- Supply of adequate low-income housing is vital for productive cities.
- Researchers provided valuable input into Rwanda’s planned incremental-build, low-income neighbourhood.
- Incremental housing has potential to provide home seekers with well-serviced land, infrastructure, and foundational structures for extendable homes.
Kigali has a critical shortage of low-income housing. This project and its associated workshop were requested by the Director General of the Rwanda Housing Authority (RHA). One method to bring down housing costs substantially is incremental building, where unfinished houses on serviced plots are provided for beneficiaries to improve over time. RHA has committed to piloting an incremental-build, low-income neighbourhood in Kigali in order to give households the option to improve and enlarge their homes over time and adapt living spaces to their own needs
Incremental housing has proved capable of giving low-income home seekers well-serviced land, infrastructure, and foundational structures for extendable houses, while also respecting recipients’ preferences. Access to finance and savings capacity are crucial but often overlooked, and knowledge about home maintenance and renovation is important.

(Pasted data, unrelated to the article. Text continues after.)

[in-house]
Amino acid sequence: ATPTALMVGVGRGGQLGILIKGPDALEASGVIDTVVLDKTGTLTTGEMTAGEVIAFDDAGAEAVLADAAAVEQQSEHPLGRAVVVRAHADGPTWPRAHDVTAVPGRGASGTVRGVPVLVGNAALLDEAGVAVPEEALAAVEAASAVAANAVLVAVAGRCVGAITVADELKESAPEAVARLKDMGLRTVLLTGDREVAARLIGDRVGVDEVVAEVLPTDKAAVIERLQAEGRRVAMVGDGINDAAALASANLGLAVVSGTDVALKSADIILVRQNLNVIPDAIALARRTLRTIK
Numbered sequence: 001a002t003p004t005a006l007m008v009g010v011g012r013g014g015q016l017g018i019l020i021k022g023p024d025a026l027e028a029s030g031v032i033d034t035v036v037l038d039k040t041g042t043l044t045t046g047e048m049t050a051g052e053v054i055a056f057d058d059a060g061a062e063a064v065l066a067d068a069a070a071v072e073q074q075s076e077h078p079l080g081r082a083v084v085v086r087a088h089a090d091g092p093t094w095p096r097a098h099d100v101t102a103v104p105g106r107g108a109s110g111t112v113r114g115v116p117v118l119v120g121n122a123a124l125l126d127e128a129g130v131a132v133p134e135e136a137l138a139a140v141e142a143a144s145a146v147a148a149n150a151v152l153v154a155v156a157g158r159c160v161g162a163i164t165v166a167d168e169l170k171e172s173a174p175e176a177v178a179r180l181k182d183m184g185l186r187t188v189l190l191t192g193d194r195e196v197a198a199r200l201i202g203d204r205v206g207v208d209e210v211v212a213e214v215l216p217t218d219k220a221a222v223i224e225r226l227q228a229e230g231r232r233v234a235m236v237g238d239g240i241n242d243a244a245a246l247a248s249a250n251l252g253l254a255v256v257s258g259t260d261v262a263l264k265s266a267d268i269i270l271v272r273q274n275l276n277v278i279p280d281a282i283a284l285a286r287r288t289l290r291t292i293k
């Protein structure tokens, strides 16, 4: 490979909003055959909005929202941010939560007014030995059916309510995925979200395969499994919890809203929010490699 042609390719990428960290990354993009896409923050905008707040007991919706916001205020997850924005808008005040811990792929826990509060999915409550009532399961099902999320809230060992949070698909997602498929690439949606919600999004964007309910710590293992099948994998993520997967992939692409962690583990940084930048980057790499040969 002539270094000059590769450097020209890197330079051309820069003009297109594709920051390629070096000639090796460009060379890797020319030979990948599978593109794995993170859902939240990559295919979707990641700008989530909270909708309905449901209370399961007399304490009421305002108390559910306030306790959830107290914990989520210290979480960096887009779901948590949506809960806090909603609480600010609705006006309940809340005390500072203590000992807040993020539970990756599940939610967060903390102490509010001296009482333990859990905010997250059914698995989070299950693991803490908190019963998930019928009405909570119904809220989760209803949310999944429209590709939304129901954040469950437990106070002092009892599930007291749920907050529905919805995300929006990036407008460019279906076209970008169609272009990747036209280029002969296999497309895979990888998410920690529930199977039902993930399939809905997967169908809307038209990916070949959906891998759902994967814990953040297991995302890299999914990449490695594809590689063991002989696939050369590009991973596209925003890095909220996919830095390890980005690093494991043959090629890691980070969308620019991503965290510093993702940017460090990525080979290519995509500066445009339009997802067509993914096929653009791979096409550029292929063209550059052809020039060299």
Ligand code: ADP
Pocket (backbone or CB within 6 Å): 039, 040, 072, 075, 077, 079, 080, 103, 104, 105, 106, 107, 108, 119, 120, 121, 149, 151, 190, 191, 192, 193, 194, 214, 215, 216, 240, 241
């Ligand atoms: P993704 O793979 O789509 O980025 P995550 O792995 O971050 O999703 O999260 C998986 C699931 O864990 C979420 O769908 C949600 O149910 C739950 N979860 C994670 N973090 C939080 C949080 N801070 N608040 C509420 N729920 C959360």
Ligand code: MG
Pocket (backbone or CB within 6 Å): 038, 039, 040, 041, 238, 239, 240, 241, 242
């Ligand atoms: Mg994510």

This project added to IGC Rwanda’s growing portfolio of work on affordable housing for Kigali. In particular, it built on work by Jit Bajpai, which convinced the RHA to design and roll out an incremental-build neighbourhood to help address Kigali’s critical shortage of low-income housing. This project aimed to encourage the implementation of these previously discussed ideas by compiling international learning on success factors for incremental housing projects.
The researchers later produced a policy note outlining success factors for incremental build housing. This policy note was shared with the RHA and fed in to RHA’s business case and proposal for the planned incremental-build, low-income neighbourhood. Following the workshop, IGC Rwanda met with the RHA, who stated that they will be proceeding with building 50 incremental-build houses in Kigali.